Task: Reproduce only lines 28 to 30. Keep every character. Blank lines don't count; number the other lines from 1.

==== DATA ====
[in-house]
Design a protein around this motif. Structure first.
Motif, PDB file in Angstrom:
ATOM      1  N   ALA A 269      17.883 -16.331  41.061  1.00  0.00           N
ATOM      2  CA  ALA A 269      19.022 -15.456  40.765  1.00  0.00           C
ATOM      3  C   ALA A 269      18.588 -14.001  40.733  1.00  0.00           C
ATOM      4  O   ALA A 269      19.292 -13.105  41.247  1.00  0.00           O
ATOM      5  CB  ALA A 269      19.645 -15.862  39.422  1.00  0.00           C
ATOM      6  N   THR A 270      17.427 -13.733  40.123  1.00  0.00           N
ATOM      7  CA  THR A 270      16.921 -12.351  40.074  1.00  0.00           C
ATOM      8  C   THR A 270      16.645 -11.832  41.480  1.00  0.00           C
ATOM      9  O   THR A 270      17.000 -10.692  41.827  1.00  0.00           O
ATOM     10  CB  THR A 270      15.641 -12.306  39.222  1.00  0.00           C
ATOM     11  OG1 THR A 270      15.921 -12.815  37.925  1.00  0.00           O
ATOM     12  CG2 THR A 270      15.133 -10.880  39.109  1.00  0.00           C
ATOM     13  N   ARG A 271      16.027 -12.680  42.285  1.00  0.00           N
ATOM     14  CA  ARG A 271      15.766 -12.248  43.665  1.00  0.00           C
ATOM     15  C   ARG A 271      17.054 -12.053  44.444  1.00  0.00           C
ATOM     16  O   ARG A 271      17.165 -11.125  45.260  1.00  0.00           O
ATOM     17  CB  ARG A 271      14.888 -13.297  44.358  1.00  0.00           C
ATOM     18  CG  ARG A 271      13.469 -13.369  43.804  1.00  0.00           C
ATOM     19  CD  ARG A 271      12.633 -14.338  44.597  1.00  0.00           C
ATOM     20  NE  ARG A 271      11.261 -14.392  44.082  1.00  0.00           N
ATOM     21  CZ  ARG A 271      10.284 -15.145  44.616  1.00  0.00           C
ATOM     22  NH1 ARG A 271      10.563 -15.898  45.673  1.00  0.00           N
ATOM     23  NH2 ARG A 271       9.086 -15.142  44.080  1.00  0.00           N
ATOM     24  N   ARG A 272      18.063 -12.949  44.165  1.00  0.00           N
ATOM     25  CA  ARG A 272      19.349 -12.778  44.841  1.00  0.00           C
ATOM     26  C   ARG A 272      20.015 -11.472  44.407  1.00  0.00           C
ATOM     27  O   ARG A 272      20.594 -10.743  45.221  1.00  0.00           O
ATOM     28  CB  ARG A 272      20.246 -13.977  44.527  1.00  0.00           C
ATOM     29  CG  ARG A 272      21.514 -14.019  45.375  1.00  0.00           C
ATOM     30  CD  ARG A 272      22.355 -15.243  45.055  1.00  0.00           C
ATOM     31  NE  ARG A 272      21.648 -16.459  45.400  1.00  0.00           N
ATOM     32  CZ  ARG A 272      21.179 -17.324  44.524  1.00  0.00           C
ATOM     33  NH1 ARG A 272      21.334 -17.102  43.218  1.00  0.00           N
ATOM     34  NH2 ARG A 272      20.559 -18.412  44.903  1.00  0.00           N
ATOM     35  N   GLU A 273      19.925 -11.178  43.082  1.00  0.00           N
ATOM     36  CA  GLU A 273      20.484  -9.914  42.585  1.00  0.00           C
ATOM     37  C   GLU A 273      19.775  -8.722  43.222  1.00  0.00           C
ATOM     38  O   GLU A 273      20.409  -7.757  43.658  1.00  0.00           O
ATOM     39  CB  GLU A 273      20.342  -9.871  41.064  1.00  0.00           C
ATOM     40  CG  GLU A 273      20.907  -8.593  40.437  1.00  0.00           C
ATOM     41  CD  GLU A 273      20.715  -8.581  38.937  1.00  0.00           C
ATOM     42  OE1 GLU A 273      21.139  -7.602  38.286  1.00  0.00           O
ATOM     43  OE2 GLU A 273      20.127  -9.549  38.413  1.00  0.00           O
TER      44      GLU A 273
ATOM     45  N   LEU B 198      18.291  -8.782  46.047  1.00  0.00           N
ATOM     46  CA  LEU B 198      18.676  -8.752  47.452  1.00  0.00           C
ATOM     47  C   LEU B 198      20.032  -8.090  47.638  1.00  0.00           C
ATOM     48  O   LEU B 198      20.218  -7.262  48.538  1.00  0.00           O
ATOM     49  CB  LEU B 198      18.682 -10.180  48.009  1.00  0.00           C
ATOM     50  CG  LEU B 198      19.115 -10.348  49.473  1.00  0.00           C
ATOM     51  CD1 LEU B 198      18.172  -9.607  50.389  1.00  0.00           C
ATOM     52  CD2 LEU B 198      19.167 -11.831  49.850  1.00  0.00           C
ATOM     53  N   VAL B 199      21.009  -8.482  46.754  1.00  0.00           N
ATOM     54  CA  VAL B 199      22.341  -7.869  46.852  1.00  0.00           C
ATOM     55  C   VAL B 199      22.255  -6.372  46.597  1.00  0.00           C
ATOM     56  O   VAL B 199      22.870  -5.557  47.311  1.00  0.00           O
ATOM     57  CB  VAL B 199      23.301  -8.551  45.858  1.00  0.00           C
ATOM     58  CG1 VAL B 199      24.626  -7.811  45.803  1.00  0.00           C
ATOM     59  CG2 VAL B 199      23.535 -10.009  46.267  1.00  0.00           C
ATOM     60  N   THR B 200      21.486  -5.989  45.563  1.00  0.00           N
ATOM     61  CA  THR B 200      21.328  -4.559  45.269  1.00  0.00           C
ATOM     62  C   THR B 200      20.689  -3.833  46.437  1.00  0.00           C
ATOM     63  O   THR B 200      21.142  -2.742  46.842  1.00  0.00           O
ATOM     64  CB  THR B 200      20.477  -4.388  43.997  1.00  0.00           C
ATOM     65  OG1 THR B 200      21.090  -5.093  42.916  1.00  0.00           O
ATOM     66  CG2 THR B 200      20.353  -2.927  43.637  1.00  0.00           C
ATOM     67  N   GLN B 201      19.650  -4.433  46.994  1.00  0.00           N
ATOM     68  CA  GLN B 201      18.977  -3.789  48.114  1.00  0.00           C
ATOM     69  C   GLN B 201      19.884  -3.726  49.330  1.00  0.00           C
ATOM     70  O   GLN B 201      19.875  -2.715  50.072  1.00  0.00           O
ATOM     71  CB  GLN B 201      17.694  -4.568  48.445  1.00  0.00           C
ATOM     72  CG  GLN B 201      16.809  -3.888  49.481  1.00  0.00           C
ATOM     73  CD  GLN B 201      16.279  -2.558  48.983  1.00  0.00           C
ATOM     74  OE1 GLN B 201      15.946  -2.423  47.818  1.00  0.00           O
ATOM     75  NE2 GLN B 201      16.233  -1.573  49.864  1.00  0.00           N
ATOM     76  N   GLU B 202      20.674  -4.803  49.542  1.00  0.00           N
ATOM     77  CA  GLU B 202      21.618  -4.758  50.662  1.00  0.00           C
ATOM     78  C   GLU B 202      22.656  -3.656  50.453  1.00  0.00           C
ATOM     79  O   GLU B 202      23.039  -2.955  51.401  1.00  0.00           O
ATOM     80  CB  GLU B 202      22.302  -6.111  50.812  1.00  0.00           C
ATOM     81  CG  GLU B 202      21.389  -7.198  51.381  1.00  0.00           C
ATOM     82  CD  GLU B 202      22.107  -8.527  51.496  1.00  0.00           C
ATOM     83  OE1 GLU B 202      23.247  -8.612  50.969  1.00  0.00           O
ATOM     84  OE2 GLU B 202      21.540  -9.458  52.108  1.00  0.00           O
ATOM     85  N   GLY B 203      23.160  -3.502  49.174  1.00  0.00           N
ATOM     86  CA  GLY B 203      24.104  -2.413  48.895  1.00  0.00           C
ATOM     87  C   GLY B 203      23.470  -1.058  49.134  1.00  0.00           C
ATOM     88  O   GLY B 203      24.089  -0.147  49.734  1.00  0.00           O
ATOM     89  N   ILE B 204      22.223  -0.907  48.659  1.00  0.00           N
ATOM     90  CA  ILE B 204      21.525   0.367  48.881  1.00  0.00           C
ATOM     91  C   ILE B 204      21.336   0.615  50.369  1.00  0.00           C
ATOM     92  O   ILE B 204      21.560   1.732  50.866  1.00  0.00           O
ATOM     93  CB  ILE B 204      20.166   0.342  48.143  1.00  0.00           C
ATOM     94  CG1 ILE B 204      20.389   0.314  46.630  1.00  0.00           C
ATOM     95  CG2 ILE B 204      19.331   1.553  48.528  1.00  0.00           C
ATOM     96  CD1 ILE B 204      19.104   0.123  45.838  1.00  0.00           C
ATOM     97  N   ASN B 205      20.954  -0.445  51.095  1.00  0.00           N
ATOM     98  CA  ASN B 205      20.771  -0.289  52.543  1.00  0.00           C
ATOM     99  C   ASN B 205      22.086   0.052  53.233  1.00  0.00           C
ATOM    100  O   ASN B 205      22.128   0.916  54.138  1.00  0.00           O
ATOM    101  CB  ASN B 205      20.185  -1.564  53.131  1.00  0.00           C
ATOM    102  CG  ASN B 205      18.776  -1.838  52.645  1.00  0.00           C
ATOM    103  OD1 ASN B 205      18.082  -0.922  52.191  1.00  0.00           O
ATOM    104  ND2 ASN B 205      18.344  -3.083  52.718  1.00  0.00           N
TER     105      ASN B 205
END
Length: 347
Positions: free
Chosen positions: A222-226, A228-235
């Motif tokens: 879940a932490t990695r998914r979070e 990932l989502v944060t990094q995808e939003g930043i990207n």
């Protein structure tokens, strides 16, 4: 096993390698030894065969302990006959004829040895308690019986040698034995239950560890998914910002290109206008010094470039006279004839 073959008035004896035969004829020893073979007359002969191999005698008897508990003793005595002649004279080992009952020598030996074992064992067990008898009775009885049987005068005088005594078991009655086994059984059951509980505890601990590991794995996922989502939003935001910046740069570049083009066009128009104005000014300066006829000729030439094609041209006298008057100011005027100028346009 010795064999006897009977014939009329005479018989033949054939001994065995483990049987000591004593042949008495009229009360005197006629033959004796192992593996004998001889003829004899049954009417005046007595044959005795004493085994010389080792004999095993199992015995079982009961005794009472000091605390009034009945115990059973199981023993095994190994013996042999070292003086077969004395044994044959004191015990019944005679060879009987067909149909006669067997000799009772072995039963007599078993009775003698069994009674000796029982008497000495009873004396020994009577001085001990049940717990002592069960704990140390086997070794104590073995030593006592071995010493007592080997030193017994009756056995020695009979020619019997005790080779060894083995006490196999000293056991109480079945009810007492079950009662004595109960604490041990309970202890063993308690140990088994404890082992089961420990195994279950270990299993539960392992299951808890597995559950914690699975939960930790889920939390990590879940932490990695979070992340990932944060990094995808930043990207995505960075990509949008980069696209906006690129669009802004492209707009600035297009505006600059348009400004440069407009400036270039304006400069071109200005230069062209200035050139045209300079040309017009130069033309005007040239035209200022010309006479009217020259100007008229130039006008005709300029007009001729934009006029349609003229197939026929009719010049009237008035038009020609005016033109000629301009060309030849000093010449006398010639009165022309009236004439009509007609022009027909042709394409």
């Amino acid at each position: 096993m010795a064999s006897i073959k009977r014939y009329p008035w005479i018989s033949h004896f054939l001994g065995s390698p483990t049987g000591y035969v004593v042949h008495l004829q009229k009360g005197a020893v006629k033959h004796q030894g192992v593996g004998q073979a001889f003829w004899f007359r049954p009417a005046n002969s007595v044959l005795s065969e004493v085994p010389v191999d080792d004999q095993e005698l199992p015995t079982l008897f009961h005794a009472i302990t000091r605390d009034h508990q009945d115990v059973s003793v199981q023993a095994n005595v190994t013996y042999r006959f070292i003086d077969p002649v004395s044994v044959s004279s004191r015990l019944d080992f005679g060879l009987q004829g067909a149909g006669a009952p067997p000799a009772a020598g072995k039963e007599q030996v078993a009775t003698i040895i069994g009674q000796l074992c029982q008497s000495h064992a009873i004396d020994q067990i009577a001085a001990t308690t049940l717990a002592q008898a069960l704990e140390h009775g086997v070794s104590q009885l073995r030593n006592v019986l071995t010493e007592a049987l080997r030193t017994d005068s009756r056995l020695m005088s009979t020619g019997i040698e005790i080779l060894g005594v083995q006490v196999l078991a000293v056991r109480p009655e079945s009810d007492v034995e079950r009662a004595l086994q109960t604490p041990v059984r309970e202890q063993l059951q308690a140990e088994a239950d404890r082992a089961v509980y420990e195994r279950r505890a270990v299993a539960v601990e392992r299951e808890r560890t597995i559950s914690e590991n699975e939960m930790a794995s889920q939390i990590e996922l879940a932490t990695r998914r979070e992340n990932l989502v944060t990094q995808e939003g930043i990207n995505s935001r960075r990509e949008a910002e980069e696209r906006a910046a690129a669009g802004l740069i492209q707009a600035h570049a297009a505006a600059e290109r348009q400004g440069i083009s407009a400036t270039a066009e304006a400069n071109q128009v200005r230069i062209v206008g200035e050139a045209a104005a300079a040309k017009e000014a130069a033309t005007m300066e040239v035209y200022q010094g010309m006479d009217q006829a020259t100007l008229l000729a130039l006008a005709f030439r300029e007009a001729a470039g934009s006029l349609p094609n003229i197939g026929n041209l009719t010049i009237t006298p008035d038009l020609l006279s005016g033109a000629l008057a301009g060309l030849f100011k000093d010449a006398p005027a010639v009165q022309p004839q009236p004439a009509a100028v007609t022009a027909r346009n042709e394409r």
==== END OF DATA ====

ATOM     25  CA  ARG A 272      19.349 -12.778  44.841  1.00  0.00           C
ATOM     26  C   ARG A 272      20.015 -11.472  44.407  1.00  0.00           C
ATOM     27  O   ARG A 272      20.594 -10.743  45.221  1.00  0.00           O